2 Top Canadian Energy Stocks to Buy Right Now

If you want to invest in Canadian energy stocks, consider companies such as Enerflex that are trading at an attractive valuation.

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After a stellar year in 2022, Canadian energy stocks have trailed the broader markets in recent months, as oil prices have cooled off. However, several oil-producing countries, including Saudi Arabia, have lowered production capacities to support higher prices in 2023.

The energy sector is highly cyclical, making oil stocks a high-risk bet this year, especially if recession fears come true. But you can consider investing in diversified TSX oil stocks to err on the side of caution while getting exposure to the energy sector.

Here are two top Canadian energy stocks you can buy right now.

Enerflex stock

A company that offers energy infrastructure and energy transition solutions to natural gas markets in the Americas, Europe, and Asia, Enerflex (TSX:EFX) is valued at a market cap of $1 billion. These solutions include fabricated gas compression, gas processing, refrigeration, and power generation.

It also provides after-market parts and services for all products. Moreover, engineered systems and integrated turnkey products owned by Enerflex are offered to customers on a leased or built-own-operate-maintain basis.

Last October, Enerflex combined with Exterran, thereby creating an integrated company that provides energy infrastructure and transition solutions. This deal will allow Enerflex to increase sales by 56% year over year to $2.78 billion in 2023, with adjusted earnings of $1.34 per share.

In the last 10 years, Enerflex has spent over $1 billion on acquisitions and capital expenditures. Its cash-generating assets allow the midstream company to pay investors annual dividends of $0.10 per share, indicating a forward yield of 1.2%. The TSX stock slashed its dividends by 80% amid COVID-19, allowing it to strengthen its balance sheet.

Priced at six times forward earnings, Enerflex stock is trading at a discount of 75% to consensus price target estimates.

Canadian Natural Resources stock

The second TSX energy stock on my list is Canadian Natural Resources (TSX:CNQ), one of the largest companies in Canada. Since April 2003, CNQ stock has returned over 2,000% to shareholders in dividend-adjusted gains, easily outpacing the broader markets.

Despite these outsized gains, CNQ stock currently offers you a tasty dividend yield of 4.4%. Further, Canadian Natural Resources has raised dividends by 20% annually in the last 23 years, making it one of the top dividend stocks for TSX investors.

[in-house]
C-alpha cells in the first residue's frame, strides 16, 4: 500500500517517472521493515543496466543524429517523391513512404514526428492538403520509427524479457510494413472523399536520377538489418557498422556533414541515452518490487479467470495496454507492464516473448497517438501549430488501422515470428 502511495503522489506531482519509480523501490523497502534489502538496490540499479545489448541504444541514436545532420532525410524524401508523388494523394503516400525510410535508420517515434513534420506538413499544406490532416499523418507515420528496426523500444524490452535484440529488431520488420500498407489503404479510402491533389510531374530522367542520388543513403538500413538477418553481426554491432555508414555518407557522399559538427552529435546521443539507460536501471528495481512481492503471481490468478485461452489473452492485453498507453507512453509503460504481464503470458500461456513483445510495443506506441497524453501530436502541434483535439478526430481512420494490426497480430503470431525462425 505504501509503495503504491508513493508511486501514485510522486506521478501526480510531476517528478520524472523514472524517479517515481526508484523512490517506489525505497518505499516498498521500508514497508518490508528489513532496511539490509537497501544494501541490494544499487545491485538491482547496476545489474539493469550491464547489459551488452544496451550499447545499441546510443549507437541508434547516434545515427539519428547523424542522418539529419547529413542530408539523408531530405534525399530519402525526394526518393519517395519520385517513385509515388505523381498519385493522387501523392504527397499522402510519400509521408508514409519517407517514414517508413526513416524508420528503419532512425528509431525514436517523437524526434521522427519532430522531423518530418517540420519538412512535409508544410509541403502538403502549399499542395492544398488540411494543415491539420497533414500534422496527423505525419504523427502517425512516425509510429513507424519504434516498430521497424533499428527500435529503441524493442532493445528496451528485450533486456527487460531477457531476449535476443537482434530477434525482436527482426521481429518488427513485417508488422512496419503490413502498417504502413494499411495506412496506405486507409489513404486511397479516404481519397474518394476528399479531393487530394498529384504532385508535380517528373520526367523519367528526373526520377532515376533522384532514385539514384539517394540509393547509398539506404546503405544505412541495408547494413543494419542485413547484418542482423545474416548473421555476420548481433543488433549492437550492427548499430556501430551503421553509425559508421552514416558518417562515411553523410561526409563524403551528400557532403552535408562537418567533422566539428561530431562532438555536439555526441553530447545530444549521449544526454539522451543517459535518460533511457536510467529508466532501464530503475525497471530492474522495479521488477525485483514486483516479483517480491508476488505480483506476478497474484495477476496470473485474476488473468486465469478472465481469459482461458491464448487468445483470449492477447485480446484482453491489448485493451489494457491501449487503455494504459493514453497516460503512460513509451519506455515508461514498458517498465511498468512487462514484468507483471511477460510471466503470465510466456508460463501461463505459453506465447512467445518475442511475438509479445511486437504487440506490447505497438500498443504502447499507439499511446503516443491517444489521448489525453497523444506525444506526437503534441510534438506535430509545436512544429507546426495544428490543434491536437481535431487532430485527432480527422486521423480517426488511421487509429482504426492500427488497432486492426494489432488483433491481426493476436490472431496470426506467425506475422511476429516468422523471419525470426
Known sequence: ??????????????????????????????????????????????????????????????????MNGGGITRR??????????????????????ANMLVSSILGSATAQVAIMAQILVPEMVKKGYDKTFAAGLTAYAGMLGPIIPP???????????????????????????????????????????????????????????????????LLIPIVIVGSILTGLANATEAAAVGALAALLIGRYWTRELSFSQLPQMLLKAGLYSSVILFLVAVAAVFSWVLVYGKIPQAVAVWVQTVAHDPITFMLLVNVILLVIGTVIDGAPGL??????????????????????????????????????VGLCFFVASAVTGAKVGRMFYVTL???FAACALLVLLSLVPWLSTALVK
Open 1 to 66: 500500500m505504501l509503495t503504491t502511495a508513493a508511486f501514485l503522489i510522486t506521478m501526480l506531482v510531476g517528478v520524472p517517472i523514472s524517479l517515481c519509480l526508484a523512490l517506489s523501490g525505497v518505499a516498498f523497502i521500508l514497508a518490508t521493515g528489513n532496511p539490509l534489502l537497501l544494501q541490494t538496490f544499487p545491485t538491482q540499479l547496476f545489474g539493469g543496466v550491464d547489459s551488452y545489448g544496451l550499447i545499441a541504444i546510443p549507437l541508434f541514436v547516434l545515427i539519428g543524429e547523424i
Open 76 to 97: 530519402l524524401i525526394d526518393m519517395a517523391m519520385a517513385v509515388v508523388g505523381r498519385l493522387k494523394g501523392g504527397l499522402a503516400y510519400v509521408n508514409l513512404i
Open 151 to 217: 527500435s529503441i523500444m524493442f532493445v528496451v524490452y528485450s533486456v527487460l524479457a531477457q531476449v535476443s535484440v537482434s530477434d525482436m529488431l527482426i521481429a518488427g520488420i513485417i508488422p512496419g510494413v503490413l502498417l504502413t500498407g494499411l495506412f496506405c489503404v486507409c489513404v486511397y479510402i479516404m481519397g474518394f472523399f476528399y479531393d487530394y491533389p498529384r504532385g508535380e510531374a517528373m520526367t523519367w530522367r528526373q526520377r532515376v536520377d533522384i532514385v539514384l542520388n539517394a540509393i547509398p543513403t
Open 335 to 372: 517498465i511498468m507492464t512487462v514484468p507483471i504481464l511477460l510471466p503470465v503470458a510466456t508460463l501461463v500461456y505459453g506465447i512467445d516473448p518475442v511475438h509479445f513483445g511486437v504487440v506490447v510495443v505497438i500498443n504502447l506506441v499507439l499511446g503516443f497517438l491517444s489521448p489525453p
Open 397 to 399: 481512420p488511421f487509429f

The company’s diversified asset base and flexible capital-allocation strategy allowed it to report record results in 2022. It reported product sales of $49.5 billion with net earnings of $11 billion in the last 12 months. Comparatively, in 2021, product sales and net earnings stood at $32.8 billion and $7.6 billion, respectively.

Its adjusted funds flow stood at $19.8 billion, with a free cash flow of $10.9 billion in 2022. This allowed Canadian Natural Resources to pay shareholders $4.9 billion in dividends that included a special dividend of $1.50 per share in August 2022.

Canadian Natural Resources maintains a robust balance sheet and reduced its net debt by $3.4 billion in 2022. In the last two years, its net debt has fallen by 50% to $10.7 billion.

Investors can expect dividend increases in the future, as CNQ continues to reduce balance sheet debt and allocated over $5 billion towards capital expenditures in 2023.

This article represents the opinion of the writer, who may disagree with the “official” recommendation position of a Motley Fool premium service or advisor. We’re Motley! Questioning an investing thesis — even one of our own — helps us all think critically about investing and make decisions that help us become smarter, happier, and richer, so we sometimes publish articles that may not be in line with recommendations, rankings or other content.

Fool contributor Aditya Raghunath has no position in any of the stocks mentioned. The Motley Fool recommends Canadian Natural Resources and Enerflex. The Motley Fool has a disclosure policy.

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